The figure-carving on the east face remains to be mentioned. It is unfortunate that the whole of the panel at the top is not entire : from what remains it is apparent that it represents a man mounted on a horse or ass, with the branches of a tree beneath and running up each side of the central subject. The Bishop of Bristol attributes this to the representation of Christ's entry into Jerusalem.

The foliage of the east face ends beneath the top panel, with the figure of au animal nibbling at a bunch of fruit, and this animal the Bishop puts down as a squirrel.

The question of the date of this monument will best come for notice with the general treatment of this point, later on.

But to quit the subject without one further observation must not be. Amidst all the uncertainties surrounding this work, you will have observed that one fact stands out perfectly free from doubt, namely, that to all intents and purposes it is a Christian monument. Its very shape is an indication of that, and its details, already reviewed, prove it beyond question. Would that we knew the exact time of its erection, and the men, whether cleric or lay, who executed it. But, at all events, we

may conclude with admiration for the hand and eye, chisel and mallet, which produced it; and shall we not also express our gratitude for the feeling of reverence which has preserved for us through the centuries this still existing memorial of the dead of ages long passed

away?

CROSS AT EYAM. The cross at Eyam, like that at Bakewell, stands within the enclosure of the parish churchyard ; but at Eyam its situation is better than at Bakewell, being in the midst of open ground, and fully seen from every point of view. At first sight it has the appearance of a perfect design, but slight examination soon discloses that the shaft itself is not of its full original height, the patterns of carving being abruptly broken through, whilst the limbs of the actual cross do not fit to the top of the present shaft. What additional height the shaft formerly possessed it is not easy to calculate, as much would depend on the treatment of the junction between shaft and cross. If the tapering of the sides be produced upwards, and the bed of the cross fitted to them, the shaft itself would require to be at least as high as the top of the present cross, which would give an additional height of nearly 2 ft. 6 ins. ; besides this, the shaft where it is socketted into the base has been lowered at least some 4 ins., so that it may be safely said that the total height of the cross above the base was at least 3 ft. higher than at present, making it 11 ft. instead of 8 ft.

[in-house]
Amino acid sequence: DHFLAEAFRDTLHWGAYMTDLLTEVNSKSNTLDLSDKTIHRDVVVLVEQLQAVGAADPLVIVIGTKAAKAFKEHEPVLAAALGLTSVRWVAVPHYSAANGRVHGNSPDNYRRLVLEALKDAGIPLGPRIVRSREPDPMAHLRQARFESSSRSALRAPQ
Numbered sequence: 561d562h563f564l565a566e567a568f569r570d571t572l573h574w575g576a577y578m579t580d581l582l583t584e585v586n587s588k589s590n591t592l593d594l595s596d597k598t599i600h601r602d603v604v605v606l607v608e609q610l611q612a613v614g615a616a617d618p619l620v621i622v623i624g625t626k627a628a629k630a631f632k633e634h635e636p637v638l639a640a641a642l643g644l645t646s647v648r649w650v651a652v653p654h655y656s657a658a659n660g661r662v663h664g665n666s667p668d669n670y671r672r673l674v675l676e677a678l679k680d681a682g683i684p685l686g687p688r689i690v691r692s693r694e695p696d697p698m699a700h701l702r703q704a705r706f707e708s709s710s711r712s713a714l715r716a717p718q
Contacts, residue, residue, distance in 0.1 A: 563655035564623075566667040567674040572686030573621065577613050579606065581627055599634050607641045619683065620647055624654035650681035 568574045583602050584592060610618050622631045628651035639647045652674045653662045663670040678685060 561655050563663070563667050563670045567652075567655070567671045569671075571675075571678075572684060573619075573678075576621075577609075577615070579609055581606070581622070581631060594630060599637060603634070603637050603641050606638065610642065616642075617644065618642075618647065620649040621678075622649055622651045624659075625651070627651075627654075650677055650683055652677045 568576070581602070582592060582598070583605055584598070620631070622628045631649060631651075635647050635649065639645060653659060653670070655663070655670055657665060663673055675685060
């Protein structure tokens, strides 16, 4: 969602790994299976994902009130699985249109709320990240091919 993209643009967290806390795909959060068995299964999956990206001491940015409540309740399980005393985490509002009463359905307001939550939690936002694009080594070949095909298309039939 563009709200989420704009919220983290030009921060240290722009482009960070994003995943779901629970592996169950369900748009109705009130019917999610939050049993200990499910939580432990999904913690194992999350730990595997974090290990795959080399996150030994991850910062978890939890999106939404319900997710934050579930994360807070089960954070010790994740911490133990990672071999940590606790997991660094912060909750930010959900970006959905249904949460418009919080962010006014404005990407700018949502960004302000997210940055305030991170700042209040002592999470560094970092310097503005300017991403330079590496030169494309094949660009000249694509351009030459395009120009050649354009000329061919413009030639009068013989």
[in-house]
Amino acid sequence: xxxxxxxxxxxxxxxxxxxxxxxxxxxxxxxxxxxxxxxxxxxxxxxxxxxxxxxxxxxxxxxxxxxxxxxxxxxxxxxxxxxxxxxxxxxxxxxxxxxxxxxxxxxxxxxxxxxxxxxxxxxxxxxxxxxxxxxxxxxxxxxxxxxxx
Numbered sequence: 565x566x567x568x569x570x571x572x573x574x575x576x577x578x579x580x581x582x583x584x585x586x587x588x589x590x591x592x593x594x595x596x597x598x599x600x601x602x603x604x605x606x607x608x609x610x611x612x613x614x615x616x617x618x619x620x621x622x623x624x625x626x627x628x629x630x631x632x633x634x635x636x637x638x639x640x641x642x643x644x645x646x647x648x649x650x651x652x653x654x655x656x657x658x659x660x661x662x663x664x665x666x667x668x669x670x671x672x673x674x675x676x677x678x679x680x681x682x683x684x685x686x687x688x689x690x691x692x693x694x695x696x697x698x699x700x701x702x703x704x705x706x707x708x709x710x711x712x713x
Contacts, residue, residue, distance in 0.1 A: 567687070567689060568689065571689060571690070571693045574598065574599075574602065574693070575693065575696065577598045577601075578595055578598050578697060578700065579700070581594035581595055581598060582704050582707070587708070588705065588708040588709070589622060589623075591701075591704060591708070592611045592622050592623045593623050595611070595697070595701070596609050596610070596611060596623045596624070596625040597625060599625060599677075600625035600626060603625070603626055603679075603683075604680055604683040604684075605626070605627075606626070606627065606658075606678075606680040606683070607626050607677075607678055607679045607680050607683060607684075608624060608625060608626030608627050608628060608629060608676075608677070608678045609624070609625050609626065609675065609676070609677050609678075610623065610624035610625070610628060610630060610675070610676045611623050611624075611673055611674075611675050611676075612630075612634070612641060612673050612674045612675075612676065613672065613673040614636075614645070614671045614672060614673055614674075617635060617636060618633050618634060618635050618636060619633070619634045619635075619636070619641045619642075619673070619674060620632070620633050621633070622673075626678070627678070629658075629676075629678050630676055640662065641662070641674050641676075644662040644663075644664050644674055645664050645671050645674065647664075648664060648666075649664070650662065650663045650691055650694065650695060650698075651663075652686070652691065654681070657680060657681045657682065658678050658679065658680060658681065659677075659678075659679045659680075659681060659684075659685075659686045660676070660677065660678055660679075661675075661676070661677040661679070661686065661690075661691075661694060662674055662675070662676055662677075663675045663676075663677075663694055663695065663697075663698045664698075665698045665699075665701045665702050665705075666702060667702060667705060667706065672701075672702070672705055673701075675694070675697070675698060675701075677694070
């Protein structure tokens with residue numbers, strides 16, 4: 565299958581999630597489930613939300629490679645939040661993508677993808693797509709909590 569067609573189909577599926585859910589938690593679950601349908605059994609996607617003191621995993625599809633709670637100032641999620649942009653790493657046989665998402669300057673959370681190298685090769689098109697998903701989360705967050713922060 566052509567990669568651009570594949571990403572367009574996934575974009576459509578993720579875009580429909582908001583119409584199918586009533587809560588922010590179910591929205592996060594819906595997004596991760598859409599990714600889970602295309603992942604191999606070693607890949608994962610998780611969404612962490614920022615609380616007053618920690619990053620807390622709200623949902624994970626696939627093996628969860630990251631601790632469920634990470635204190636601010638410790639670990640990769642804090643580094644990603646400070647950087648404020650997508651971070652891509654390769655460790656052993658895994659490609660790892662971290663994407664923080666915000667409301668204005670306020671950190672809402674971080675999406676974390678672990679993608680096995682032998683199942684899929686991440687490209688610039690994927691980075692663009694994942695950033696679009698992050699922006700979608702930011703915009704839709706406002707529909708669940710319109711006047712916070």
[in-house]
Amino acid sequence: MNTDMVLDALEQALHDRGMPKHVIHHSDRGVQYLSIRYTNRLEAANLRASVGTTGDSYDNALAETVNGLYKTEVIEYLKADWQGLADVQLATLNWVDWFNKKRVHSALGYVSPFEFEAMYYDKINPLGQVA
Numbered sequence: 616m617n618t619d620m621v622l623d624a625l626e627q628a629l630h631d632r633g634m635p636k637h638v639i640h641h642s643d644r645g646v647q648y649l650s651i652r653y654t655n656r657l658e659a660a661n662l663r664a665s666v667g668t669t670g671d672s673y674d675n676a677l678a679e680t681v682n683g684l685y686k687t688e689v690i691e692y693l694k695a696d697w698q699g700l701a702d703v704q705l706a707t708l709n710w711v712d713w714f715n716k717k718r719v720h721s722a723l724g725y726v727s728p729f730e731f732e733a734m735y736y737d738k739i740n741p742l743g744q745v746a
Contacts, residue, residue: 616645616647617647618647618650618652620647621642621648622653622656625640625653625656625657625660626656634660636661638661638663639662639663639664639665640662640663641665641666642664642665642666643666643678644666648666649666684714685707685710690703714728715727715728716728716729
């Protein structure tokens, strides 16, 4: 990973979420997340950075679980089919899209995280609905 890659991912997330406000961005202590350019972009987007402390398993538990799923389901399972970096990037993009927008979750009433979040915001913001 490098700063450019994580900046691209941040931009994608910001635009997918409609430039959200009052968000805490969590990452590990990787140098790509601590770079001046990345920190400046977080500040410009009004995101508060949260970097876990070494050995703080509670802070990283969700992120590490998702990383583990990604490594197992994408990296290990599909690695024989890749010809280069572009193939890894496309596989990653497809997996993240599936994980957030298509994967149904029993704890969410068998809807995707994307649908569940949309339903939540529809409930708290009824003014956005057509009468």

The proportion of the width of the sides to the faces at Eyam is greater than at Bakewell, the latter being as 14} ins. to 221 ins., and the former as 151 ins. to 204 ins. This gives greater massiveness of effect to the Eyam cross, particularly as here the proportion of the base face to the height of shaft is also greater at Eyam. The plinth stone is regular in shape and well proportioned to the shaft; and if not entirely of recent date has certainly been re-tooled and probably re-shaped.

In general outline the two crosses at Eyam and Bakewell may be said to agree: their section of plan and the tapering of the sides from base to summit of shaft

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CROSS IN THE VICARAGE GARDEN, HOPE, DERBYSHIRE, FROM THE WEST.